Janet Newman


Cycling at Dawn

I hear the metronomic click of gears, the clack
of cleated shoes as you prepare to launch

not astride but slipped over like a second skin
bulked with all your flesh. Your thighs

— bronzed even on a dull day — sucked
into airless shorts, your chest vacuum packed

in viscose, your head inside a helmet
curved to cut through air and on your back

the water pack and tool kit cling
like a caterpillar suckered to a leaf.

Your focus is fixed between thumbs
right angled to handlebars. Fingers curled

under, knuckles taut in gore-tex mitts.
Spokes glint in the morning sun, the rear tyre

in a pre-emptive spin skids back to earth.
Arched over the fragile frame your skin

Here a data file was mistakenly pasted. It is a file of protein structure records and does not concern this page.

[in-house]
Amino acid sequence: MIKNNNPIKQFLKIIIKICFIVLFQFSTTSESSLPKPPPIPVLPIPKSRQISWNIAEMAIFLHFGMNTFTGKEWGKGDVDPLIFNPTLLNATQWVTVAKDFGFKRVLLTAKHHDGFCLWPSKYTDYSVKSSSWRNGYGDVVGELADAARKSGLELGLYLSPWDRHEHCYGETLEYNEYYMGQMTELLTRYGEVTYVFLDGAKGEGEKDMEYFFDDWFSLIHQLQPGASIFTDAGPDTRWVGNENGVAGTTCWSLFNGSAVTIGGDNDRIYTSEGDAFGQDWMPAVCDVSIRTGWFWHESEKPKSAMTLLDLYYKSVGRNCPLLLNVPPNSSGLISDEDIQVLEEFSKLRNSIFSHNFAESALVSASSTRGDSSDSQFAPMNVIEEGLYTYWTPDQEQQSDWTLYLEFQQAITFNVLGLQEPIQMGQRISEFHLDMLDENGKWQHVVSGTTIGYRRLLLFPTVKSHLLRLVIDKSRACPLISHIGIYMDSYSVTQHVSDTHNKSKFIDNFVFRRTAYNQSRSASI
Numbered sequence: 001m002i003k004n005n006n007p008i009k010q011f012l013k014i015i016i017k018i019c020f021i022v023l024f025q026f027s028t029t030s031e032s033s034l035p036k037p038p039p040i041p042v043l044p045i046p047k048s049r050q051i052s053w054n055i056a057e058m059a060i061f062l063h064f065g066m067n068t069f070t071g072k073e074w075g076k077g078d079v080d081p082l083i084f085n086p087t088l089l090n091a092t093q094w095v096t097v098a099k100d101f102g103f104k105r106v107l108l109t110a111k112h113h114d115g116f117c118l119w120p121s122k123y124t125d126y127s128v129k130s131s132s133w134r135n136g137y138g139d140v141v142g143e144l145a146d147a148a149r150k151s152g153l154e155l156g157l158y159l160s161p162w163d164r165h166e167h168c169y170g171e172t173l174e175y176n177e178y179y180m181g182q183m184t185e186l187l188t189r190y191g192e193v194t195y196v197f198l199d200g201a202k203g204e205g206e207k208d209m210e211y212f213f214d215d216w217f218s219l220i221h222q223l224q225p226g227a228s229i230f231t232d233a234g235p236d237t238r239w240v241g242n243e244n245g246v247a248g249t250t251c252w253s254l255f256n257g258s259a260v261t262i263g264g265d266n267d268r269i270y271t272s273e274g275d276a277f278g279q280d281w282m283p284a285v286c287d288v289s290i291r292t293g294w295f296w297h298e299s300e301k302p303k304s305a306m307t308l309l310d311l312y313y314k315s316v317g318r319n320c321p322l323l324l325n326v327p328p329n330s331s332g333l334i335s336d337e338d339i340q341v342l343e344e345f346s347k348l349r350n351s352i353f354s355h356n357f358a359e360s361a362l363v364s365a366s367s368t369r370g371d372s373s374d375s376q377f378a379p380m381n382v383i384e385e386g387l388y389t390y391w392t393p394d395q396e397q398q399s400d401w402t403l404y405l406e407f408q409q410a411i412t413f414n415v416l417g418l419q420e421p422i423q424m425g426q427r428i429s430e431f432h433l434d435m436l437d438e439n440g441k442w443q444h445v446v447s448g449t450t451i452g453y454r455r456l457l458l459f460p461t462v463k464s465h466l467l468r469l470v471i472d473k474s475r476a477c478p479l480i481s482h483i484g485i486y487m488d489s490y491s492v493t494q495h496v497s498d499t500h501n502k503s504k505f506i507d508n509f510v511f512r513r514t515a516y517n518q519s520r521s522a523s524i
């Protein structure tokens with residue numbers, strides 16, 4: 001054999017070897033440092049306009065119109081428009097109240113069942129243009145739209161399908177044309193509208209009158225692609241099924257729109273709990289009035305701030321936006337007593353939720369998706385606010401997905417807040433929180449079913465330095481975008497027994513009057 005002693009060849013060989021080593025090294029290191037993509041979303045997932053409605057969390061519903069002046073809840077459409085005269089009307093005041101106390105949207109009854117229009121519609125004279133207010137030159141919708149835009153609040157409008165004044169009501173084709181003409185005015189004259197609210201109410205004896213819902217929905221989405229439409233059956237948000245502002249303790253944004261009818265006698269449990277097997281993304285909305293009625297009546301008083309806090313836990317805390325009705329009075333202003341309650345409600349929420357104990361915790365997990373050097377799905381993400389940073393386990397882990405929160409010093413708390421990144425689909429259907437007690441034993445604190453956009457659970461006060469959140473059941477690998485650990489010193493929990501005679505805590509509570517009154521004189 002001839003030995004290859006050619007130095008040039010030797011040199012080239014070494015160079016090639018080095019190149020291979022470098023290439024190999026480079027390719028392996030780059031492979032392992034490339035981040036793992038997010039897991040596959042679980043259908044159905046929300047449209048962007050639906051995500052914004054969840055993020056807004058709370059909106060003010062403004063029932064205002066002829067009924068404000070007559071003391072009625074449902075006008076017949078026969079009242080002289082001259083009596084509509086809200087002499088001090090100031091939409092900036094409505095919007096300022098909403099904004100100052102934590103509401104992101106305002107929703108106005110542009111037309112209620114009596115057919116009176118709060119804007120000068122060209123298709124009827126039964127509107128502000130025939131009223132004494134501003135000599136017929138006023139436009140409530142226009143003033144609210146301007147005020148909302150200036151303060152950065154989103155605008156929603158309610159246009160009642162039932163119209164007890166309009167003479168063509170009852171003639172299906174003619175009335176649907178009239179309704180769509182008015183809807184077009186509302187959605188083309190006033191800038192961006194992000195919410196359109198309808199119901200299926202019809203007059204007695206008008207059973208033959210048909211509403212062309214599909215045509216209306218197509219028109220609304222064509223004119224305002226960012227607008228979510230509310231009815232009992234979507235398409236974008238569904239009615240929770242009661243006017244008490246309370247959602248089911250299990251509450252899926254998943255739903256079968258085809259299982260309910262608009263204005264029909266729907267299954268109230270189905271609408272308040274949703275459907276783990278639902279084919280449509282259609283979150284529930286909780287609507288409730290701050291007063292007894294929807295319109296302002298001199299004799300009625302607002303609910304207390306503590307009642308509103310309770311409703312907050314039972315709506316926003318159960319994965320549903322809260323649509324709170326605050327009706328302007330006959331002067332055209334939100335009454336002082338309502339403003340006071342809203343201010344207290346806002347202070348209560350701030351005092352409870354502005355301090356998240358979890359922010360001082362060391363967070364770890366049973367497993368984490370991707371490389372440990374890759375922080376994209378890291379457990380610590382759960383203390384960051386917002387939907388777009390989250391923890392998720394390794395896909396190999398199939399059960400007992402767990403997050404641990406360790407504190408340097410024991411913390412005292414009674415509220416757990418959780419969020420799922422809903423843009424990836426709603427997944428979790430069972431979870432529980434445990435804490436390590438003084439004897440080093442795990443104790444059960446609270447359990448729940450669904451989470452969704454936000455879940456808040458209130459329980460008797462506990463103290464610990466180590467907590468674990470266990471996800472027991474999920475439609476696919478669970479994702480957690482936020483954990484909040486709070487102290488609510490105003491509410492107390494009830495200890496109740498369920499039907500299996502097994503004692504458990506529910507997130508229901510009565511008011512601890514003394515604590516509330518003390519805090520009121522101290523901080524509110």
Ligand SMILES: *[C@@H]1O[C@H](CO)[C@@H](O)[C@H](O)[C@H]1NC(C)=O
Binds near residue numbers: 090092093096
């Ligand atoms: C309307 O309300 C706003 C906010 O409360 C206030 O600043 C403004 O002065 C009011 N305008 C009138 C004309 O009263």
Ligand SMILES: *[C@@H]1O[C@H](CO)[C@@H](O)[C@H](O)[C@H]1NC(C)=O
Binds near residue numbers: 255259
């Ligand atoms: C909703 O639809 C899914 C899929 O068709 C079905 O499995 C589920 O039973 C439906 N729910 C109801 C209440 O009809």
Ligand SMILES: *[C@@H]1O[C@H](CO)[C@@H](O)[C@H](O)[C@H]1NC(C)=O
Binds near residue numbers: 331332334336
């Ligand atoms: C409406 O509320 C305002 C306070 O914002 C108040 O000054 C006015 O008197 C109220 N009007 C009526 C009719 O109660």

gleams in ripe aplomb. How ageless

you look as you glide

towards the drop
though years and years

I’ve seen this scene. Foot clips engage,
pinions mesh, you press the pedal

push off from gravel. Pulled by gravity
without drag you are kinetic. For a time

time seems to stop

as you fly or float out of sight

until I hear the familiar whirr
of you returning on your silver wheels.



Janet Newman’s poems have been published in bravado, NZ Poetry, blackmail press, a fine line, NZ Poetry Society anthologies Before the Sirocco and Across the Fingerboards, and Nth Degree. She is completing a Bachelor of Arts (Hons) in English at Massey University, New Zealand.

Newman writes: “Reading Alfred Lord Tennyson’s ‘Tithonus’ with its descriptions of the ever-youthful dawn goddess Aurora and her horsedrawn chariot, for a Massey Victorian writing paper while watching Frank set off on his mountain bike, conspired to create a contemporary image of agelessness in ‘Cycling at Dawn’. (The last line of Tennyson’s ‘Tithonus’ is “And thee returning on thy silver wheels”.)”